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The buffer zone

When wholesalers, importers and buying groups pull together for the good of the supply chain

Dickies Workwear decided to withdraw from the UK merchant market by April 2021, leaving the sector in a state of disarray.

It was big news – not only for the 280 staff reportedly made redundant – but also for the merchant sector, which has had to swiftly rearrange its workwear supplier arrangements to cover the loss.

The NMBS (National Merchant Buying Society) said Dickies Workwear accounted for around half of its workwear category in turnover and volume, so it has had to move quickly to fill that significant supply issue for its 1,200 merchant members.


And act fast, it did. The NMBS signed up five new suppliers in a few months to give its members some much needed options.

It’s not as if there weren’t already lots of challenges being faced by the market. The supply chain has been facing increased raw material costs, freight delays and soaring costs, unexpected product shortages thanks to lockdowns, plus local challenges like Brexit, among others.

It’s times like these that importers, buying groups and wholesalers have been proving their worth.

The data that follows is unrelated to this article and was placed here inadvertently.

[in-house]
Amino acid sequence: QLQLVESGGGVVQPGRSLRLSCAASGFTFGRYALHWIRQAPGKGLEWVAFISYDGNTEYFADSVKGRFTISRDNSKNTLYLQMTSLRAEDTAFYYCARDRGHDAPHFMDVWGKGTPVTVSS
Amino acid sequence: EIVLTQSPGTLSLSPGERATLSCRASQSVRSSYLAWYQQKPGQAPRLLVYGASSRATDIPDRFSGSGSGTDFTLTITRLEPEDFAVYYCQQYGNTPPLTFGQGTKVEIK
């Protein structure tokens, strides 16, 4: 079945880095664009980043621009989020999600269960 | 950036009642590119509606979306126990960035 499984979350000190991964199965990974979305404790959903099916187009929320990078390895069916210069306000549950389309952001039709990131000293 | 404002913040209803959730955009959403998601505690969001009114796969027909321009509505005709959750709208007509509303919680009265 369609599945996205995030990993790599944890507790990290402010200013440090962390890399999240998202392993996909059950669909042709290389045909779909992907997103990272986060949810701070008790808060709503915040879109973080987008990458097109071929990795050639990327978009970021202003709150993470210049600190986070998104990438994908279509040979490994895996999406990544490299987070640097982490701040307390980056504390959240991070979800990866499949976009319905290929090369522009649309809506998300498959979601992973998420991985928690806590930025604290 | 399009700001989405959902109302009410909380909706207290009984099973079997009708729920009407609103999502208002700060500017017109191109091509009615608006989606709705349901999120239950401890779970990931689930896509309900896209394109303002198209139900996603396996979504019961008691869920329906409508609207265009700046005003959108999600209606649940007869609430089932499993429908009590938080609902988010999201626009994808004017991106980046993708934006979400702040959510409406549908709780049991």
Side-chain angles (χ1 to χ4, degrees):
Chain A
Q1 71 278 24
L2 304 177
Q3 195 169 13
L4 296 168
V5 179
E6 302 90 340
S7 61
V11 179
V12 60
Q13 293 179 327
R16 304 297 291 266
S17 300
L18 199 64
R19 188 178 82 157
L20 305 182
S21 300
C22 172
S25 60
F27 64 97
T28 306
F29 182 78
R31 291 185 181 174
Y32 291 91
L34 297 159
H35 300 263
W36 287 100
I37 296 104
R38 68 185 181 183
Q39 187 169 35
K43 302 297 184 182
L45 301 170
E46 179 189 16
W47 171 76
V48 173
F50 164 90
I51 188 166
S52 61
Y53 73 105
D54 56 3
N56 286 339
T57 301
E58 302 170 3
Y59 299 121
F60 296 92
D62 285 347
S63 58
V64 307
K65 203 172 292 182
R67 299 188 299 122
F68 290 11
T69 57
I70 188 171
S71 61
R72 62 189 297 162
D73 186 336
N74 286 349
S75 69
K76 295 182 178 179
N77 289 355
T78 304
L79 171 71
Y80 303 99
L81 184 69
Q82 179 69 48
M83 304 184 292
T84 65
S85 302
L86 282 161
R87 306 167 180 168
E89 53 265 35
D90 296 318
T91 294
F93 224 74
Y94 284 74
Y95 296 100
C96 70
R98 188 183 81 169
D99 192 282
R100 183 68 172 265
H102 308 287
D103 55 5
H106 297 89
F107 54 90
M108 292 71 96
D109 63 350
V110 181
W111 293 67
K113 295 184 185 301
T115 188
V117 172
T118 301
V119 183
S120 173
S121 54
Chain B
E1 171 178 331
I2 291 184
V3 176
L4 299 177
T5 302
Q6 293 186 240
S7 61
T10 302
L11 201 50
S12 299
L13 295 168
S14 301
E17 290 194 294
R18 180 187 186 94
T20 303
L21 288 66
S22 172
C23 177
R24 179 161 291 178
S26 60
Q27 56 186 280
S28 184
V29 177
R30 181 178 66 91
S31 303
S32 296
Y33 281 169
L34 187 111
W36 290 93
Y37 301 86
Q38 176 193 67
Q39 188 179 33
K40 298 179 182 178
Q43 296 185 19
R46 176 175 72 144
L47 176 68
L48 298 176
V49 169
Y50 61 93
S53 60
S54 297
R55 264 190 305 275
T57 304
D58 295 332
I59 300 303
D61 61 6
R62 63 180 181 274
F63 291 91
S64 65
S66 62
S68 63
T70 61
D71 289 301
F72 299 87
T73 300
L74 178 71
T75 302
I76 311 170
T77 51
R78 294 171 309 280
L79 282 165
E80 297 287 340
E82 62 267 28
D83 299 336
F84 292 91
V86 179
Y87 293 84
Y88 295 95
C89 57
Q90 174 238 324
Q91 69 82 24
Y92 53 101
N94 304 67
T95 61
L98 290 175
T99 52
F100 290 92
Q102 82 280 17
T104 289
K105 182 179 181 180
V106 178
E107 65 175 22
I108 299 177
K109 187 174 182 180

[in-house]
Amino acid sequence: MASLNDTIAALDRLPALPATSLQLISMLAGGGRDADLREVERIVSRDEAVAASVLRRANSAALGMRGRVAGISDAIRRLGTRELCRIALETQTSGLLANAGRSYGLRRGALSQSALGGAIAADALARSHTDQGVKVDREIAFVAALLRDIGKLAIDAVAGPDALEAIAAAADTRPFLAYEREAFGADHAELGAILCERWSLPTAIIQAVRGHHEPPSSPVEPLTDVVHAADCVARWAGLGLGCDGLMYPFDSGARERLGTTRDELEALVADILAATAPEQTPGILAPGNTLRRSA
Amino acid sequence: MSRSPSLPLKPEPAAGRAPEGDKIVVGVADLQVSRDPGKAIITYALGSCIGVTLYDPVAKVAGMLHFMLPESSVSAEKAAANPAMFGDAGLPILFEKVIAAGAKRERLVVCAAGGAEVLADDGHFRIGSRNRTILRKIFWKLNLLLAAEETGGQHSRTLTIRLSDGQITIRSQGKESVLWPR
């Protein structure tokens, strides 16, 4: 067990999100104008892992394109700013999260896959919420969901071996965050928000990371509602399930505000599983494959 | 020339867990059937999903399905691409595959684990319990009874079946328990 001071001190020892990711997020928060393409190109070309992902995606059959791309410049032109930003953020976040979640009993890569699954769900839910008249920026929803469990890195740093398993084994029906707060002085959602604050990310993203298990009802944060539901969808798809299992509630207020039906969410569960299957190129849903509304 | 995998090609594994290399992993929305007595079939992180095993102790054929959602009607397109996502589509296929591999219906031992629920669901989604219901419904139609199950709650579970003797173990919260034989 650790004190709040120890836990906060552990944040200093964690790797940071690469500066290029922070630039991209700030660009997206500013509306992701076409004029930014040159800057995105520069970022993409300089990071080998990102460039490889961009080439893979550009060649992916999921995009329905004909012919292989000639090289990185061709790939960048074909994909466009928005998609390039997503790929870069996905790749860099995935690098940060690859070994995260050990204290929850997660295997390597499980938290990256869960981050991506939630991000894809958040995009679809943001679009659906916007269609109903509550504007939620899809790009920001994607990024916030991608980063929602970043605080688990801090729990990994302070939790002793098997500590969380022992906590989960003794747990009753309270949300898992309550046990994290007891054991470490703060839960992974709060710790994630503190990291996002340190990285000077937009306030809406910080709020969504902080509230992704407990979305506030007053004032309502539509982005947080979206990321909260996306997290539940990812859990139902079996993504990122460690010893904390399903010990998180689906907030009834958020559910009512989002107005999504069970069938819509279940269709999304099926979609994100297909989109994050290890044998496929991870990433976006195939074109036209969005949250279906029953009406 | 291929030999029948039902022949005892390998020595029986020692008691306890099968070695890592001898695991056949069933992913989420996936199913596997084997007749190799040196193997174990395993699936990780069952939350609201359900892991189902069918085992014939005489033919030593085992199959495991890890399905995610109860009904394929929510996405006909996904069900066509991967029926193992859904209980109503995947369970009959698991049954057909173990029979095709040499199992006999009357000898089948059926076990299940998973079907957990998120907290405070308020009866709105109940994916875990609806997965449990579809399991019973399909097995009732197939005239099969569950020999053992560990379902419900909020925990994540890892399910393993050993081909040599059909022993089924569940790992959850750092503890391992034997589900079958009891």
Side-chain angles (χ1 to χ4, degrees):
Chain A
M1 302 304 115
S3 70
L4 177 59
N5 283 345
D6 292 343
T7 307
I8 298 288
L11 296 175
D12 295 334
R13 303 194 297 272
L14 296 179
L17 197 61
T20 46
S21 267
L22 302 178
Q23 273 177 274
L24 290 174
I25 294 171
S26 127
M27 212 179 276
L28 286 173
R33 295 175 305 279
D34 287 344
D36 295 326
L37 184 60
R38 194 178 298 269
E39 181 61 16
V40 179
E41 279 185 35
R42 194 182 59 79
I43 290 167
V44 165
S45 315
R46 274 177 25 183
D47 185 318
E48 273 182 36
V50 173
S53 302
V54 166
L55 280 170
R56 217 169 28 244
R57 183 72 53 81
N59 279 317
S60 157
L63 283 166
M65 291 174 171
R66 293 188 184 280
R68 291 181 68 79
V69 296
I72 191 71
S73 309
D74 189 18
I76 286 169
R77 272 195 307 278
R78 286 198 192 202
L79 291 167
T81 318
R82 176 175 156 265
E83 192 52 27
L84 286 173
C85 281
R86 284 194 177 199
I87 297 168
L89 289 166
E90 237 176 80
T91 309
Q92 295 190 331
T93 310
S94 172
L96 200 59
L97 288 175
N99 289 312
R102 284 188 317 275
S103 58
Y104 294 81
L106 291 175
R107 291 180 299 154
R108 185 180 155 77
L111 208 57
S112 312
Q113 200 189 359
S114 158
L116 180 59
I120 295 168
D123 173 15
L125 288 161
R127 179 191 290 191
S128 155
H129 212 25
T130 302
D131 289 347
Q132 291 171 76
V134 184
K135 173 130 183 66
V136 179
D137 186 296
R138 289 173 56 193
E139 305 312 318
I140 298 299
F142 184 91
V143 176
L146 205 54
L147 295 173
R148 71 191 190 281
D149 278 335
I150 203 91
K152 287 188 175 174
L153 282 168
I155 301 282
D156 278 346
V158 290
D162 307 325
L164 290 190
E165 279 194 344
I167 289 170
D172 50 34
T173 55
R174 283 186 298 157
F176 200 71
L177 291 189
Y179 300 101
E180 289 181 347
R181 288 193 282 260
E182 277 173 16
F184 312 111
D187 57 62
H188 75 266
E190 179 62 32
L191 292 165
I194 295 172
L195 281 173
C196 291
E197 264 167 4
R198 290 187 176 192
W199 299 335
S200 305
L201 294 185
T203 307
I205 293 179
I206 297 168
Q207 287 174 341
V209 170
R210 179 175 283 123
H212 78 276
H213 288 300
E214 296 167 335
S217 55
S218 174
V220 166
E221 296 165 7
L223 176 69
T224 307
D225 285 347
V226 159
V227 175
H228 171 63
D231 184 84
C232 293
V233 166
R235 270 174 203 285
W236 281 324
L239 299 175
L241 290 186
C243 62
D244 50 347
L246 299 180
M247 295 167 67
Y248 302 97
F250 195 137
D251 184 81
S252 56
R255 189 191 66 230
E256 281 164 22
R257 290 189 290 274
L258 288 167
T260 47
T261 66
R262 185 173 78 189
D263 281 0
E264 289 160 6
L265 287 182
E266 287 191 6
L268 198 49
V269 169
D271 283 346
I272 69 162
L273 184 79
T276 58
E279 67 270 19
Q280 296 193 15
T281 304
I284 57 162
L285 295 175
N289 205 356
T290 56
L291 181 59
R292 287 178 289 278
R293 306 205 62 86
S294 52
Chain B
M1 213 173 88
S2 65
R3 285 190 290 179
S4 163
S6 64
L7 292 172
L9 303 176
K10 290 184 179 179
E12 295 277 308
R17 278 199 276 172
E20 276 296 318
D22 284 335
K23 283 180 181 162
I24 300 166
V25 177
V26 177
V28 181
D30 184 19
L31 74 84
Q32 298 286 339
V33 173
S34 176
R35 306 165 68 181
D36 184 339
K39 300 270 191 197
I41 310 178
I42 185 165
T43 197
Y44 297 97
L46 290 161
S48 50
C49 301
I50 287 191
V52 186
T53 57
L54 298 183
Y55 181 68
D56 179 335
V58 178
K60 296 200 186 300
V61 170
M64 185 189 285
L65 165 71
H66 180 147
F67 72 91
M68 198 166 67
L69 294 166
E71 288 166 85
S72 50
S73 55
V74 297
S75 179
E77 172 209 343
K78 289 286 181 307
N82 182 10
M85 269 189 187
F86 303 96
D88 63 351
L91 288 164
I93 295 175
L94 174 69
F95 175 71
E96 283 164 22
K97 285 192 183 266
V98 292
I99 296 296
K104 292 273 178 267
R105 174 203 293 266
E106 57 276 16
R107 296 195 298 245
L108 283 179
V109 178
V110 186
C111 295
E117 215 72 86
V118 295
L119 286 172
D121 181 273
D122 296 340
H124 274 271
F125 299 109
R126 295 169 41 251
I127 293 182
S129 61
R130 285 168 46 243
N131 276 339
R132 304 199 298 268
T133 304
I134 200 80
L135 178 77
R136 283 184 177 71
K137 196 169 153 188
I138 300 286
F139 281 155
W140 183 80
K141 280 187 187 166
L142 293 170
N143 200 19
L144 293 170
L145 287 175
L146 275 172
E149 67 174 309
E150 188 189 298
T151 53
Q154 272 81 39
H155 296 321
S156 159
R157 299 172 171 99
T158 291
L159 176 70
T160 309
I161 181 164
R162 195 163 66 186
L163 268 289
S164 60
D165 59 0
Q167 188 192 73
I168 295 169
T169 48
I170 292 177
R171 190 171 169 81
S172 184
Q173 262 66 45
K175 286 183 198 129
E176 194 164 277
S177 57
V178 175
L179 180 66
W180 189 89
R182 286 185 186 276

With many merchants and distributors severely stretched in these days of pandemic, these challenges could have been insurmountable for them to face alone, but thanks to diligent hard work further up the supply chain, some of these problems have been mitigated.

Of course, wholesalers, importers and buying groups have a vested interest in supporting distributors, merchants and retailers. And they can’t buffer their customers from all the challenges – not least those around pricing – but a properly functioning supply chain has the capacity to rally round to benefit everyone and provide stability. And it looks like that will continue to be a valuable quality as we move further into 2021.

Jonathon Harker